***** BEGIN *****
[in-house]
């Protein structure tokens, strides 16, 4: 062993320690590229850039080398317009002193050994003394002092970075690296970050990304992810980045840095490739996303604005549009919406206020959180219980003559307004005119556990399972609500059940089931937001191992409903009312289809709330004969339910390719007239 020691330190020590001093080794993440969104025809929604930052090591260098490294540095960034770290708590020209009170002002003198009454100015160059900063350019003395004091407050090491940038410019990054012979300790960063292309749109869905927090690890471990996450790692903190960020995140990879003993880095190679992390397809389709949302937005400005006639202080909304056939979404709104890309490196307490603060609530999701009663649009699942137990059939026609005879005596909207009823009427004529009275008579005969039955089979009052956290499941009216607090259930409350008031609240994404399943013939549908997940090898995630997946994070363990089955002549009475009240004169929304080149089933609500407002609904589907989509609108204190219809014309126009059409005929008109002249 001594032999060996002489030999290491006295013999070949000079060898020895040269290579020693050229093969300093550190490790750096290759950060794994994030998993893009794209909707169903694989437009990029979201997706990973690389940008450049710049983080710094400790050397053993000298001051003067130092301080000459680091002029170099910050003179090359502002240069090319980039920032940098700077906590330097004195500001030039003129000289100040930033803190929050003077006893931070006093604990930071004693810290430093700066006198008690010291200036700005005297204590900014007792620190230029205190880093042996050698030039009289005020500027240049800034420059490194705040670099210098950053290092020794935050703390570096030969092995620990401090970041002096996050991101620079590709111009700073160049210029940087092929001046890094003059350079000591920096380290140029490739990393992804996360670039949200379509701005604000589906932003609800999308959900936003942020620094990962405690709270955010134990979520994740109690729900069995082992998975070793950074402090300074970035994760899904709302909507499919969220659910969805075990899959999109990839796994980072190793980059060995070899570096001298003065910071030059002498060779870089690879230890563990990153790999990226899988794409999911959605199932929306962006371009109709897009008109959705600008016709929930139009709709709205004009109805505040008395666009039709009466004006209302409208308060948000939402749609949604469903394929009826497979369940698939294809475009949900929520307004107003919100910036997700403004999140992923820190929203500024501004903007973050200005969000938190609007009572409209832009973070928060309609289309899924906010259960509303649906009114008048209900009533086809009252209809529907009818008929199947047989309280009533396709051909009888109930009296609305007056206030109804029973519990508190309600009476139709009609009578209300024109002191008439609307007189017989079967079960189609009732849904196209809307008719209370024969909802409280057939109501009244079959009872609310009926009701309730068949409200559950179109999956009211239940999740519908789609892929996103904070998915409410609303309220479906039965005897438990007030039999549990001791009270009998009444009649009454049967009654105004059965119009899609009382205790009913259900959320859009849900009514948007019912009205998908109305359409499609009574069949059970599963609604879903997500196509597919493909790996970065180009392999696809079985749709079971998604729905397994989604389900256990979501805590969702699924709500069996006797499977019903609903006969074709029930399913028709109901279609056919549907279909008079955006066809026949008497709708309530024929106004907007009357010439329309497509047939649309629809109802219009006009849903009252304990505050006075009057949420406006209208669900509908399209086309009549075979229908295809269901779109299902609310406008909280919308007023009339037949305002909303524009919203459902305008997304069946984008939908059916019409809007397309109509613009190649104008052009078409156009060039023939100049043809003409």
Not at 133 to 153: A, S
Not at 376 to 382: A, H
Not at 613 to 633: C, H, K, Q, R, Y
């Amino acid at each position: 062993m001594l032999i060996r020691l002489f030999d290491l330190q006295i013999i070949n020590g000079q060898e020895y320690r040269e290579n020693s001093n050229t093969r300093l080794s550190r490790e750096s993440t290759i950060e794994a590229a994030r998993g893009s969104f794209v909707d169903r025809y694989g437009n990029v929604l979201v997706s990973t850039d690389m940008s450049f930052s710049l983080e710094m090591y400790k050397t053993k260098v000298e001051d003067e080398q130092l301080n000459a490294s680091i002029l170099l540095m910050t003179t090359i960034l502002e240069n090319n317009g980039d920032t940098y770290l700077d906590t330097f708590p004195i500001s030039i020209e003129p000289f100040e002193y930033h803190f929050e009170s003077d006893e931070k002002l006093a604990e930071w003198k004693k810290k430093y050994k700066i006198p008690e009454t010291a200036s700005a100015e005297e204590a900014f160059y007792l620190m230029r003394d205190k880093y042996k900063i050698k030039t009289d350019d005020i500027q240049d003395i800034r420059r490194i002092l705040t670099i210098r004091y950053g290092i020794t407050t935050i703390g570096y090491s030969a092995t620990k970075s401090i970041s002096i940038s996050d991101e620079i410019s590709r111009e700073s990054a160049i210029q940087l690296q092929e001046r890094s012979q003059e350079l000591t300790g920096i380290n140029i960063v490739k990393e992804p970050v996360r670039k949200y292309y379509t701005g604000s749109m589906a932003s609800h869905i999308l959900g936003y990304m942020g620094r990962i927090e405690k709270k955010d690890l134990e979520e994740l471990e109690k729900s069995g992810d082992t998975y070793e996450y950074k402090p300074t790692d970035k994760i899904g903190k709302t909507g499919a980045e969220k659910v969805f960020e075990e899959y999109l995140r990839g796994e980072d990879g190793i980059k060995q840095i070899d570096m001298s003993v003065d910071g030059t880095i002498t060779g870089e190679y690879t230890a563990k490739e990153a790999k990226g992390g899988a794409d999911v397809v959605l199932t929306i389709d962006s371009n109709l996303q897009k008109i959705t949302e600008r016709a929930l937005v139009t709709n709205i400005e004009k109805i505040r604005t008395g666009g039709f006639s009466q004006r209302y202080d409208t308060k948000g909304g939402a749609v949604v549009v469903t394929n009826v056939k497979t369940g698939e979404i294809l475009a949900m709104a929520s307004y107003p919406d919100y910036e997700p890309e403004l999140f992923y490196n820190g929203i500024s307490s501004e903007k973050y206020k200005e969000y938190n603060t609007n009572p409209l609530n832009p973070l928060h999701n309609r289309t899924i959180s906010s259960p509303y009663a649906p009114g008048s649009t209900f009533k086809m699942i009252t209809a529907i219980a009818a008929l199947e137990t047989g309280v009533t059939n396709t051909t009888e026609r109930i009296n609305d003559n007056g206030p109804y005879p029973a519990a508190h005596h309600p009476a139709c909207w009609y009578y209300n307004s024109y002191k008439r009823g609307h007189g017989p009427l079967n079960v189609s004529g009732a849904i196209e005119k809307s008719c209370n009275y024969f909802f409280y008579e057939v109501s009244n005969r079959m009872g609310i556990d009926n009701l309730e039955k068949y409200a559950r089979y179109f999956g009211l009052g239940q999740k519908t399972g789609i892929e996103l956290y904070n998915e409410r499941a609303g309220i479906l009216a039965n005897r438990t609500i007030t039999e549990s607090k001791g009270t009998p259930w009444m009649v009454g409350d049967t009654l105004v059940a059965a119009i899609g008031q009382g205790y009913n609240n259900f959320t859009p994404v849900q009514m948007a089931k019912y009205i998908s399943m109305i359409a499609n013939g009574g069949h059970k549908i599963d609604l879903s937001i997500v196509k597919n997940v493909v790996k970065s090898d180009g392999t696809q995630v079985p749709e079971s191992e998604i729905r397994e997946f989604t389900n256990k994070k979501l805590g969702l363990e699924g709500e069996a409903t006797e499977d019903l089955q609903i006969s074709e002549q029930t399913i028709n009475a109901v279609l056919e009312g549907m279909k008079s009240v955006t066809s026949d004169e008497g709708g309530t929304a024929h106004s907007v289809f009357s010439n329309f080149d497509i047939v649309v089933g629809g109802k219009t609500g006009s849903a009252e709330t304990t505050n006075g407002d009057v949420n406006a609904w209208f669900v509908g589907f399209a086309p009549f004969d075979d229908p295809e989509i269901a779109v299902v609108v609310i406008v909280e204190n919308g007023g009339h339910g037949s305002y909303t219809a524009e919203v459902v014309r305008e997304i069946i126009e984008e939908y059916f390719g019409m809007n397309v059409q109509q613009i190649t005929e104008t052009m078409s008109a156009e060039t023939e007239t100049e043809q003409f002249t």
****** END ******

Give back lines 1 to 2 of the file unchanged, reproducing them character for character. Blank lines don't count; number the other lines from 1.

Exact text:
[in-house]
């Protein structure tokens, strides 16, 4: 062993320690590229850039080398317009002193050994003394002092970075690296970050990304992810980045840095490739996303604005549009919406206020959180219980003559307004005119556990399972609500059940089931937001191992409903009312289809709330004969339910390719007239 020691330190020590001093080794993440969104025809929604930052090591260098490294540095960034770290708590020209009170002002003198009454100015160059900063350019003395004091407050090491940038410019990054012979300790960063292309749109869905927090690890471990996450790692903190960020995140990879003993880095190679992390397809389709949302937005400005006639202080909304056939979404709104890309490196307490603060609530999701009663649009699942137990059939026609005879005596909207009823009427004529009275008579005969039955089979009052956290499941009216607090259930409350008031609240994404399943013939549908997940090898995630997946994070363990089955002549009475009240004169929304080149089933609500407002609904589907989509609108204190219809014309126009059409005929008109002249 001594032999060996002489030999290491006295013999070949000079060898020895040269290579020693050229093969300093550190490790750096290759950060794994994030998993893009794209909707169903694989437009990029979201997706990973690389940008450049710049983080710094400790050397053993000298001051003067130092301080000459680091002029170099910050003179090359502002240069090319980039920032940098700077906590330097004195500001030039003129000289100040930033803190929050003077006893931070006093604990930071004693810290430093700066006198008690010291200036700005005297204590900014007792620190230029205190880093042996050698030039009289005020500027240049800034420059490194705040670099210098950053290092020794935050703390570096030969092995620990401090970041002096996050991101620079590709111009700073160049210029940087092929001046890094003059350079000591920096380290140029490739990393992804996360670039949200379509701005604000589906932003609800999308959900936003942020620094990962405690709270955010134990979520994740109690729900069995082992998975070793950074402090300074970035994760899904709302909507499919969220659910969805075990899959999109990839796994980072190793980059060995070899570096001298003065910071030059002498060779870089690879230890563990990153790999990226899988794409999911959605199932929306962006371009109709897009008109959705600008016709929930139009709709709205004009109805505040008395666009039709009466004006209302409208308060948000939402749609949604469903394929009826497979369940698939294809475009949900929520307004107003919100910036997700403004999140992923820190929203500024501004903007973050200005969000938190609007009572409209832009973070928060309609289309899924906010259960509303649906009114008048209900009533086809009252209809529907009818008929199947047989309280009533396709051909009888109930009296609305007056206030109804029973519990508190309600009476139709009609009578209300024109002191008439609307007189017989079967079960189609009732849904196209809307008719209370024969909802409280057939109501009244079959009872609310009926009701309730068949409200559950179109999956009211239940999740519908789609892929996103904070998915409410609303309220479906039965005897438990007030039999549990001791009270009998009444009649009454049967009654105004059965119009899609009382205790009913259900959320859009849900009514948007019912009205998908109305359409499609009574069949059970599963609604879903997500196509597919493909790996970065180009392999696809079985749709079971998604729905397994989604389900256990979501805590969702699924709500069996006797499977019903609903006969074709029930399913028709109901279609056919549907279909008079955006066809026949008497709708309530024929106004907007009357010439329309497509047939649309629809109802219009006009849903009252304990505050006075009057949420406006209208669900509908399209086309009549075979229908295809269901779109299902609310406008909280919308007023009339037949305002909303524009919203459902305008997304069946984008939908059916019409809007397309109509613009190649104008052009078409156009060039023939100049043809003409």